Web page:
While we now know that much more goes into fertility than a person’s morality, the ancient world saw fertility as a gift from God given to the righteous. Specifically, deities were described as “shutting wombs,” as punishment for sins. In the general pattern of the New Testament, Luke takes time here to remove this stigma from infertility. It is not a moral failing to not be able to have children, and Zechariah and Elizabeth epitomize this reality.

God still has power to bring the impossible to pass. Zechariah goes in to offer incense, a visible and fragrant representation of the people’s prayers, and finds an angel standing beside the altar of incense. The angel, later revealed to be Gabriel, brings him the good news that he will have a child. Zechariah, like Abraham long before him, cannot believe that someone as old as he and his wife would be able to have a healthy child. Gabriel responds by taking away Zechariah’s speech. While I’m not sure exactly how much public speaking Zechariah did, I can only imagine that a mute priest would have trouble with certain aspects of their job – not even considering how exhausting daily life would suddenly become. We only appreciate how easily we can communicate with one another when our ability to do so it suddenly snatched away from us.

Nine months pass with no one being able to know what Zechariah saw in the temple. His child is born and only after he affirms Elizabeth’s naming of the child “John,” (which means “God is gracious,”) does his speech return. The mouth which had been glued shut for that time now ran over with praise of God. Zechariah was now able to show the world just what he thought about God’s gift of a child. He calls on Abraham who God had also promised a child to, and like him lifts up his son and asks for God to bless him. Zechariah sees the future of John, to be the one who would clear the way for God’s redemption in the world, a source of hope and repentance unrivaled since the days of Elijah.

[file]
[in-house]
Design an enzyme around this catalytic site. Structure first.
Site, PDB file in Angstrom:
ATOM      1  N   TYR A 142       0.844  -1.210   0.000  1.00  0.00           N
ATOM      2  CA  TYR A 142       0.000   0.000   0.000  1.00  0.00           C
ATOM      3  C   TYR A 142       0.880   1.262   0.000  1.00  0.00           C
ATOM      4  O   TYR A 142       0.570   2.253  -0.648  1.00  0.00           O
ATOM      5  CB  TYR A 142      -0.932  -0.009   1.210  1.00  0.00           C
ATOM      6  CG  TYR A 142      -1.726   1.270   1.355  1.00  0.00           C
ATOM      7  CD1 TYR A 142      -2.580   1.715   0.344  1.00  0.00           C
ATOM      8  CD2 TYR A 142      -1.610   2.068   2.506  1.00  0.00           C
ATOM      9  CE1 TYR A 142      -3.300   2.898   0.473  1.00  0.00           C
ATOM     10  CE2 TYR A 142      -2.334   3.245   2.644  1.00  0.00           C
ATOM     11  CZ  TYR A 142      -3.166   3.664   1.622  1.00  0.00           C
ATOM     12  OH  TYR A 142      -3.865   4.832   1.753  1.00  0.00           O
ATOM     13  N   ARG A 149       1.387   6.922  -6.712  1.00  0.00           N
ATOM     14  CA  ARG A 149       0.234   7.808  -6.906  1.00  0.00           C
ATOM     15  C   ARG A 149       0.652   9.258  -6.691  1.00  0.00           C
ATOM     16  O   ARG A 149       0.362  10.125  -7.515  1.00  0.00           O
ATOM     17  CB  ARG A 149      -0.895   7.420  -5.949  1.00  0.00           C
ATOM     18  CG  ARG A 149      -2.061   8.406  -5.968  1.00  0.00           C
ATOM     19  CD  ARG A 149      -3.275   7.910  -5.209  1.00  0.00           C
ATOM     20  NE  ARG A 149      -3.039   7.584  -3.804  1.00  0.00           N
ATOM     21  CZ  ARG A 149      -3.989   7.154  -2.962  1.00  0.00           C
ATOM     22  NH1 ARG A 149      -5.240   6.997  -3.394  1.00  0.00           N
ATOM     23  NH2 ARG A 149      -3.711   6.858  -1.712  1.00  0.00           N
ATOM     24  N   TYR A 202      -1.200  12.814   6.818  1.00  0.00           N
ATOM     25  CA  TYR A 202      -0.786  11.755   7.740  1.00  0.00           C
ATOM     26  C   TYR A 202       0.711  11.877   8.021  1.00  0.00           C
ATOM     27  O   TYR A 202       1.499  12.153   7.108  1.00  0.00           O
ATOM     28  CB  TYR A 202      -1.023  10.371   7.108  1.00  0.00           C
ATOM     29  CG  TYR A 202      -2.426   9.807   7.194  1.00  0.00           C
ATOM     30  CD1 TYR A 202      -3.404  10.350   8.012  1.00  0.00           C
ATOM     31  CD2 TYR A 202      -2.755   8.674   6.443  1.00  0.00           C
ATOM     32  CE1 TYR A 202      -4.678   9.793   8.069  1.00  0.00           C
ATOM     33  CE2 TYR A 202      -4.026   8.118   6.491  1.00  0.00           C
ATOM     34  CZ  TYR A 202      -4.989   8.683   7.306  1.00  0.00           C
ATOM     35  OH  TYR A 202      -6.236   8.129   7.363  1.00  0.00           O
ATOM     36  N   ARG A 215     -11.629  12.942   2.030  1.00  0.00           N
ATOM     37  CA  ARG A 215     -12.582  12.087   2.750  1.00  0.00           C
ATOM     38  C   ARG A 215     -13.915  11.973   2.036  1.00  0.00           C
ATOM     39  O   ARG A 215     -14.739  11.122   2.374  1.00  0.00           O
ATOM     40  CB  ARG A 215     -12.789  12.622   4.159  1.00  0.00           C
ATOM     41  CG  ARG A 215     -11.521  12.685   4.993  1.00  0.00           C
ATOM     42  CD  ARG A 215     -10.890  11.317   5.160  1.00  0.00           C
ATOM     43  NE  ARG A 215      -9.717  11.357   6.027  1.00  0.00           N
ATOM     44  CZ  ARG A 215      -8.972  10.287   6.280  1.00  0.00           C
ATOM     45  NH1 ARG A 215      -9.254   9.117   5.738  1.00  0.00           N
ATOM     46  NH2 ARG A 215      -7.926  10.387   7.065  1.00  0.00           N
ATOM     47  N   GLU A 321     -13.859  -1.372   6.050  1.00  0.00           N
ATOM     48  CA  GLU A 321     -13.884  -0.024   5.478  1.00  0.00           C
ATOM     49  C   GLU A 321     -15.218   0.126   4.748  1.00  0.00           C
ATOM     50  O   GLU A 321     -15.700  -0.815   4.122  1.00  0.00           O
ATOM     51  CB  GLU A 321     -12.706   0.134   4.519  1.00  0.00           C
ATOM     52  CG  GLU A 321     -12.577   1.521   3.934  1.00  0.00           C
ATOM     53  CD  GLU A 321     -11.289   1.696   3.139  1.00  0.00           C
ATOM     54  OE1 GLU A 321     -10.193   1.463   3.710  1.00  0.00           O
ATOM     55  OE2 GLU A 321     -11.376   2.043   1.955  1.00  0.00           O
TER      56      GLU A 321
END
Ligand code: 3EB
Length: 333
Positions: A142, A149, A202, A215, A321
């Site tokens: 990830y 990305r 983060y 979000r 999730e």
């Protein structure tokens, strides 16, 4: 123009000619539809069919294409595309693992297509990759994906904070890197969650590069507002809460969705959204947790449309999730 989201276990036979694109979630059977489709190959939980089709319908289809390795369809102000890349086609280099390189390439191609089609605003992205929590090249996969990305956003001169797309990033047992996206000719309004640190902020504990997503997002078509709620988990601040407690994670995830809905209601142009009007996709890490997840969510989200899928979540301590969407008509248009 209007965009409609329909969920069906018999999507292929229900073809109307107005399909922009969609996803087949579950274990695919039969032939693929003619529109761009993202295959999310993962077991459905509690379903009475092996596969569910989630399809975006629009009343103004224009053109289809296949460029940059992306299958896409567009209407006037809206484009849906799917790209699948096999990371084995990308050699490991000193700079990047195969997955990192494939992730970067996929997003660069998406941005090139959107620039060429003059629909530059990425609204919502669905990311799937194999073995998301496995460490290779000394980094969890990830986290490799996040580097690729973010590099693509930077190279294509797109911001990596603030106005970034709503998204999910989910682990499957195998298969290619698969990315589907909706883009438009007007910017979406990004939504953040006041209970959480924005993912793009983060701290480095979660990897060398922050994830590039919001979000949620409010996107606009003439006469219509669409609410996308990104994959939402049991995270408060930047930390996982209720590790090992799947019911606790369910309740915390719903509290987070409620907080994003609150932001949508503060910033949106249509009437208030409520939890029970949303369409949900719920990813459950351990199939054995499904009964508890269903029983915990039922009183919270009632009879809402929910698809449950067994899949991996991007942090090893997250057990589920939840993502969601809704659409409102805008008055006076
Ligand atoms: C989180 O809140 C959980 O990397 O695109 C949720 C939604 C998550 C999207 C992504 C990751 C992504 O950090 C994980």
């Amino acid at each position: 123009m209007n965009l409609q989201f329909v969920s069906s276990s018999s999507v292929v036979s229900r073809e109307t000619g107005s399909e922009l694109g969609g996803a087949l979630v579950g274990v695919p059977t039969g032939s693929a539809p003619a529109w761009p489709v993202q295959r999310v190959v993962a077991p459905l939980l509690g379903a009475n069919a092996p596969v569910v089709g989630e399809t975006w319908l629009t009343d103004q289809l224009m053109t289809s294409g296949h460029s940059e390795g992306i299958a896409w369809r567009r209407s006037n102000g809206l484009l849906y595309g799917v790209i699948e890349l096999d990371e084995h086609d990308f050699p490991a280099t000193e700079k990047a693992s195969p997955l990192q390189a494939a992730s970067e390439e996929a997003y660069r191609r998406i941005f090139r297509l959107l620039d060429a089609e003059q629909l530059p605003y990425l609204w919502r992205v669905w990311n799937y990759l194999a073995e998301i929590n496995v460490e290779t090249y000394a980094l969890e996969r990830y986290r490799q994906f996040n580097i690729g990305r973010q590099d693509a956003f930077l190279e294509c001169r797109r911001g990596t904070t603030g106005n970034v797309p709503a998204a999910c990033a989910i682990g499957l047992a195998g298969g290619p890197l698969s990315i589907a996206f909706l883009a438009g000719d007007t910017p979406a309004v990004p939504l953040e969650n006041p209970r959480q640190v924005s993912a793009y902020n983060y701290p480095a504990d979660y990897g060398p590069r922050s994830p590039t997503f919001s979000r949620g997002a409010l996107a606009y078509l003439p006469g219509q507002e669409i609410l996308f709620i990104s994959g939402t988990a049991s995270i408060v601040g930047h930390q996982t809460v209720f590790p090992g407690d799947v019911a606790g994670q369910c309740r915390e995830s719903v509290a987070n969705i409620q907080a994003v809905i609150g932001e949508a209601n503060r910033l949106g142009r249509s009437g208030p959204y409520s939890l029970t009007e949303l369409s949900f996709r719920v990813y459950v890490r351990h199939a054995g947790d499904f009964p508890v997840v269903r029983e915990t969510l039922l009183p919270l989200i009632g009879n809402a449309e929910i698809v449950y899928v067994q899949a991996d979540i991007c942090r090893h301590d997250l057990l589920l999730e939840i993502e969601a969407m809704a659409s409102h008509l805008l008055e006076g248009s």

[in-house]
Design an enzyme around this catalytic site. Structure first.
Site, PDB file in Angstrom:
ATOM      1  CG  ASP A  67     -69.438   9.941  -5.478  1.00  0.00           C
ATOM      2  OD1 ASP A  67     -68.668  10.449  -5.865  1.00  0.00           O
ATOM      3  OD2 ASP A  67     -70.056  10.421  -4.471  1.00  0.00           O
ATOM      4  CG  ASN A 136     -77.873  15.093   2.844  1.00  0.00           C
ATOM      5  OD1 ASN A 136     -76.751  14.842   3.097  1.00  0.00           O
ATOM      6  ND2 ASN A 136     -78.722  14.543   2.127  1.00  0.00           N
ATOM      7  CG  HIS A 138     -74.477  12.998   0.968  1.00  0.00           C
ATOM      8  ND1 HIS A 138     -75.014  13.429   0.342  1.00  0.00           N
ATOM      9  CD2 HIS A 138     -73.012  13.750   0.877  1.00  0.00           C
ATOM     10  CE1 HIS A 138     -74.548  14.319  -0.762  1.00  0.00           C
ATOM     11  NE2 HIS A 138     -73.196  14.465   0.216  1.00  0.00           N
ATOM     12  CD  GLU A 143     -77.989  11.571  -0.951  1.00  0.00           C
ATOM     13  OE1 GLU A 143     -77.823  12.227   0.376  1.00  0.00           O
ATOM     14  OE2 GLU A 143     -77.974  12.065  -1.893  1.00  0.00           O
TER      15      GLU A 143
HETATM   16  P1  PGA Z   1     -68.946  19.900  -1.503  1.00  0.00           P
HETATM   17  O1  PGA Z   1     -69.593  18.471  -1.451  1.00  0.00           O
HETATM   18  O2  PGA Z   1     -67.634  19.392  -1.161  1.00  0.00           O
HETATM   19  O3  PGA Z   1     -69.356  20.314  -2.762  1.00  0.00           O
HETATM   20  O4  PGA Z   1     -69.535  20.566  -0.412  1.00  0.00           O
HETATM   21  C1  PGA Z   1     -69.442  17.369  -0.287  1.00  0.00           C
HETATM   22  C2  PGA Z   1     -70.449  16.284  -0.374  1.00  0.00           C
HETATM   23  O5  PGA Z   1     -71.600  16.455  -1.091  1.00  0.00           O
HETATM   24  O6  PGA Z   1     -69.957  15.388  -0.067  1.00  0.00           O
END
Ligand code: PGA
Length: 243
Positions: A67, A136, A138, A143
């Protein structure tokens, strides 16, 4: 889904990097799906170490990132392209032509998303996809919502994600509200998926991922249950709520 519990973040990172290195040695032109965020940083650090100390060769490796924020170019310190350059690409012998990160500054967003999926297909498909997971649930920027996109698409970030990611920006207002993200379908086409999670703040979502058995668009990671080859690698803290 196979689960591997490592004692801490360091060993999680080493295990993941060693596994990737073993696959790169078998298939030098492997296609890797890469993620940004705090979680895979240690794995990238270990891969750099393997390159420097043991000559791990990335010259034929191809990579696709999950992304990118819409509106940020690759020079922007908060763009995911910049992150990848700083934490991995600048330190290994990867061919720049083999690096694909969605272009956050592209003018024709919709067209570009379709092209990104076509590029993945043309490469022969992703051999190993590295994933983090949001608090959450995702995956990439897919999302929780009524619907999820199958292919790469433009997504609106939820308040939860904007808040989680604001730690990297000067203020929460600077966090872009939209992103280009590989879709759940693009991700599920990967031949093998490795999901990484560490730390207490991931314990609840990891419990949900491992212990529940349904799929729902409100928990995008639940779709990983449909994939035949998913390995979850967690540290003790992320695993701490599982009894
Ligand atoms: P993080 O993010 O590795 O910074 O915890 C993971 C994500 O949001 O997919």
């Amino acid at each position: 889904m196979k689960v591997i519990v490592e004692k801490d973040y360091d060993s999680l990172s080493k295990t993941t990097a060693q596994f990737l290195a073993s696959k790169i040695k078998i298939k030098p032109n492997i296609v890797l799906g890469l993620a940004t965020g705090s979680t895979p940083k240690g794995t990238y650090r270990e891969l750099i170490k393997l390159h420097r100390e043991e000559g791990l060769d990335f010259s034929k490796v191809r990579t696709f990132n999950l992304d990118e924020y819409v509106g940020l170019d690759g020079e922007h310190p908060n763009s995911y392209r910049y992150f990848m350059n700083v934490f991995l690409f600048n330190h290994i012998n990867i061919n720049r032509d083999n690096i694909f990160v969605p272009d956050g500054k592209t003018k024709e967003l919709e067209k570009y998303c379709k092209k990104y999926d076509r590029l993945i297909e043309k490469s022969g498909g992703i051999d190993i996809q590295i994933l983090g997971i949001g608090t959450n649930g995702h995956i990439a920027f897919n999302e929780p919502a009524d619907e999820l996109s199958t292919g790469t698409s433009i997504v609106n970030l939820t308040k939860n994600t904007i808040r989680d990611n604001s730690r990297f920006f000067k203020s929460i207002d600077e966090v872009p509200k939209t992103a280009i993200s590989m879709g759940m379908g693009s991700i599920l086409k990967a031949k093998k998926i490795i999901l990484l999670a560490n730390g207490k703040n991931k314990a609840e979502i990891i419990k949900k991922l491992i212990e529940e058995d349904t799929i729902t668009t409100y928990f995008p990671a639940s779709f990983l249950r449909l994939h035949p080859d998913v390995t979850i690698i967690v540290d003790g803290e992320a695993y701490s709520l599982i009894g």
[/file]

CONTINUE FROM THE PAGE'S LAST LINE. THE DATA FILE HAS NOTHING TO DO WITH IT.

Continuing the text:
While it may seem that this is just a historical account of the time before Jesus’s birth, I think we can take some lessons away from Zechariah and what happened to him. Firstly, we must see that God kept a promise. We talk a lot about the promises of God, we just sang a bit ago about how we “Stand” on God’s promises. However, in our daily life the promise of God is not always at the forefront of our minds. Perhaps, in part, because we do not have angels telling us that we are going to receive the full benefit of God’s goodness.

If our scripture today proves anything, it’s that even the truly miraculous cannot always convince us God keeps God’s promises.. Zechariah spoke to Gabriel, a literal angel, and his response was still to be uncertain. “You may say I’m going to have a kid, but how do I know that I will have a kid?” The answer for him was, of course, “When you hold John, you’ll know it’s true” For us today, in the times we find ourselves waiting for God, the answer is not always so clear. With rare exception, we live into general promises of God, not particular. What I mean is that God promises to meet our needs, to save us from sin, and to love and care for us. We are seldom given a word from God that a specific event will happen, or a specific gift will be given to us. Because these promises are more general, we sometimes lose track of them.

When we wake up in the morning and find food in the cupboard, we might not think of God as being the one who put it there, and so we forget we are taken care of. When we get a call from a friend that uplifts us, we may forget that God has given us the gift of one another’s support. When we can go to sleep at peace that we are loved with an eternal love, we may forget just how amazing a thing that is. The promises that we live into everyday are commonplace in how they appear, but that does not make them any less spectacular. The problem becomes that we only notice how important our daily provision is when suddenly it becomes endangered.